Does anyone out there remember Band Aid? Back when I was growing up their hit single "Do they know it's Christmas?" was a wake up call to all us MTV crazed teens and pre-teens that not only was there a big scary world outside of America, but there were places that were out of the pizza delivery zone. Horrors! Many of us, after recovering our composure with a big handful of chips washed back with a new liter sized bottle of Coke, begged our parents to send a turkey to Africa to feed the starving babies. We were going to save the world!
Fast forward 25 years and what do you know, not only are there still starving babies in Africa and around the world, but we have witnessed even greater horrors like what happened in Darfur. We sent our turkeys and our biggest rock stars delivered them, so what the hell happened?
In a word - failure. But how could that be? It felt so right.
As I blogged about before, if what we really want is to do better, we need to embrace this failure and learn from it.
In the case of Africa part of our failure stemmed from ignoring the underlying conditions that were the root cause of their poverty in the first place. As in most cases those causes were a combination of economic factors and government corruption. Andrew Mwenda detailed the fallacy of solving poverty with aid best, in his TED talk on June 2007:
Like many people who criticize good intentions he took a lot of heat for the things he said, including jail time.
It is hard to accept that our well intentioned giving could have failed to be a help. It is almost too much to bear that it was in fact harmful. Yet if we really want to make a difference we have to take a step back and consider the results. To do otherwise suggests that our giving was entirely a narcissistic venture designed to boost our own self-image and shave our taxes, a truly ugly picture indeed.
So what is a genuinely well intentioned person to do in this season of giving and collecting tax deductions? First be honest with yourself. If you give to any charity you are going to benefit, either in terms of a tax deduction or in terms of an over all positive feeling that you are a good person. Both of these things are OK. In fact it's great that giving makes us feel so good otherwise it would probably happen a whole lot less. The challenge is to prevent those positive feelings from blinding you to the outcome of your giving.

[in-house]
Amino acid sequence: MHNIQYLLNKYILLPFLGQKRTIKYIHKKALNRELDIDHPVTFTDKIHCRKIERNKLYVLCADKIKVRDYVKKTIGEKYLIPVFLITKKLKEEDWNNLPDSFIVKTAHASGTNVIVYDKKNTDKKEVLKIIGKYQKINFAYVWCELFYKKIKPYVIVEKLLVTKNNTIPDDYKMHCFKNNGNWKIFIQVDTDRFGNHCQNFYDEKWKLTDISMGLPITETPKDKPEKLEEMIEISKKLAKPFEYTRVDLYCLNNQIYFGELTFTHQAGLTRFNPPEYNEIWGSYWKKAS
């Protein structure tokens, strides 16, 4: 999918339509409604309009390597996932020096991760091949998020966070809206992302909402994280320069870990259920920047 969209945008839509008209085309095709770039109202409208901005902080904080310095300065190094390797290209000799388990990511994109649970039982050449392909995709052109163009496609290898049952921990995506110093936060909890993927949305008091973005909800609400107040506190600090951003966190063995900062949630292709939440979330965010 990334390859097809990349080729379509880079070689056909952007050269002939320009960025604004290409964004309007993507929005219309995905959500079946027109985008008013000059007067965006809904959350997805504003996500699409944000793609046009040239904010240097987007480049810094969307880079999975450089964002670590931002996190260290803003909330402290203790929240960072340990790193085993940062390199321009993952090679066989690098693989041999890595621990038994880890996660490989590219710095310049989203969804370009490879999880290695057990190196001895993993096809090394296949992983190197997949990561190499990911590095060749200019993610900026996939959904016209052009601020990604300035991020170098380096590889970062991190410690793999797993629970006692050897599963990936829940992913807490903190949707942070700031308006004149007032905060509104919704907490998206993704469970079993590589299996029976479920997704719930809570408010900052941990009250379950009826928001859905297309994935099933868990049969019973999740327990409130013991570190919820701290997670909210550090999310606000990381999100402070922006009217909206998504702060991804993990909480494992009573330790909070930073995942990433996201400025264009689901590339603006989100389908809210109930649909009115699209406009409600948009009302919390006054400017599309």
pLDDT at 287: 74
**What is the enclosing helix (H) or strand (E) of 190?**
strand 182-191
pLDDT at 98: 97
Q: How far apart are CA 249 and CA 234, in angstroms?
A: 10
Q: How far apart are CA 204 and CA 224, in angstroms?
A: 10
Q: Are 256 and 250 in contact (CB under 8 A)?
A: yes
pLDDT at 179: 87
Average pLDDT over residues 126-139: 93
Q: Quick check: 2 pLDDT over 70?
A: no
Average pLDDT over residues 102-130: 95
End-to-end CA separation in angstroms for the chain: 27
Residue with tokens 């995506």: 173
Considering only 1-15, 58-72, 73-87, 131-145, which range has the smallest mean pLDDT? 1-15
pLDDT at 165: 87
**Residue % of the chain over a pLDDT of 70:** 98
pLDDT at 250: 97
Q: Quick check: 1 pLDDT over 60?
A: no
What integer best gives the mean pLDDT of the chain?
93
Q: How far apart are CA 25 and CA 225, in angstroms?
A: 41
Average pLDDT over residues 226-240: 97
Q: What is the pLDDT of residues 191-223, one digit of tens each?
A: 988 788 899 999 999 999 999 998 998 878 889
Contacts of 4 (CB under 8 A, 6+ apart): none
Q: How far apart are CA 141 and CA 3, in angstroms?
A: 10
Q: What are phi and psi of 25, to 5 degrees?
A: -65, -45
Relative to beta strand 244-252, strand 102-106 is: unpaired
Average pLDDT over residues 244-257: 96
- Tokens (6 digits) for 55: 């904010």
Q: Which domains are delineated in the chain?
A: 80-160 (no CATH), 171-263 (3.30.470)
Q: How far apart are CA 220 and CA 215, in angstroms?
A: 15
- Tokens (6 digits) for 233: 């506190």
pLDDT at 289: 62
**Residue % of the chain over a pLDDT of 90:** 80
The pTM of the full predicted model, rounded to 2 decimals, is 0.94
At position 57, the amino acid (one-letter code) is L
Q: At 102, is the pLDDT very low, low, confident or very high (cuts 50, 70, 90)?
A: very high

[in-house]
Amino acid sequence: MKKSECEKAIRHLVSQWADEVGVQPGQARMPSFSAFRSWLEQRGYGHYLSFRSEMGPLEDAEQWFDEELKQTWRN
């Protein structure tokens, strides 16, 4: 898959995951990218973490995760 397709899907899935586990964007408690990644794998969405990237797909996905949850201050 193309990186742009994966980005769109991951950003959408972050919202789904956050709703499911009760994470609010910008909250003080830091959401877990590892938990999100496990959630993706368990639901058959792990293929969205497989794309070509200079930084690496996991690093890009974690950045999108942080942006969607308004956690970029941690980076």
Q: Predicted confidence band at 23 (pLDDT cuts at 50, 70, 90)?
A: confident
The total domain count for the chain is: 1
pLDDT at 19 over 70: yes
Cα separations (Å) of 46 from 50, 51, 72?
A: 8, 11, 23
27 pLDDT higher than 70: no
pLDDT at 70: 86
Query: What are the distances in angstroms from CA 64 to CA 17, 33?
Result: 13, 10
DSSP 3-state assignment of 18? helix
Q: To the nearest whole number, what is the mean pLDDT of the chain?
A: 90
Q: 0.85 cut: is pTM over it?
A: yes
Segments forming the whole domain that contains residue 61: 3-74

Fortunately the internet is making it increasingly easy to verify those results. The website Admitting Failure deals specifically with non-profit ideas that haven't worked. We can also look to the news, as in the case of donated clothing, to get a more textured picture of how our good intentions are playing out in the world of real economics. And perhaps most saliently we can look at the success stories of the world, like rise of the Chinese economy. Naturally there is some debate as to which factors were the most important in leading to their fantastic turnaround, but there is little doubt that deregulation, privatization and the introduction of the free market played a major part.
Evaluating these factors in terms of my personal giving strategy (which I will explore in more depth in future posts) has led me currently to favor micro-lending sites like Kiva. I do not think that it is the only way to help, but in general terms I think it is the best bet, and yes I said bet. I believe that it is important to think of our charity as a form of investment, and by that I mean it is a gamble, on our own parts and for those we intend to help. It is not a sure thing which also manages to make us a great person. As with all our other investments, if we want them to do well, it behoves us to choose them carefully and keep an eye on them.
Happy Holidays, and Good Hunting for better giving. As always share your stories of success and failure.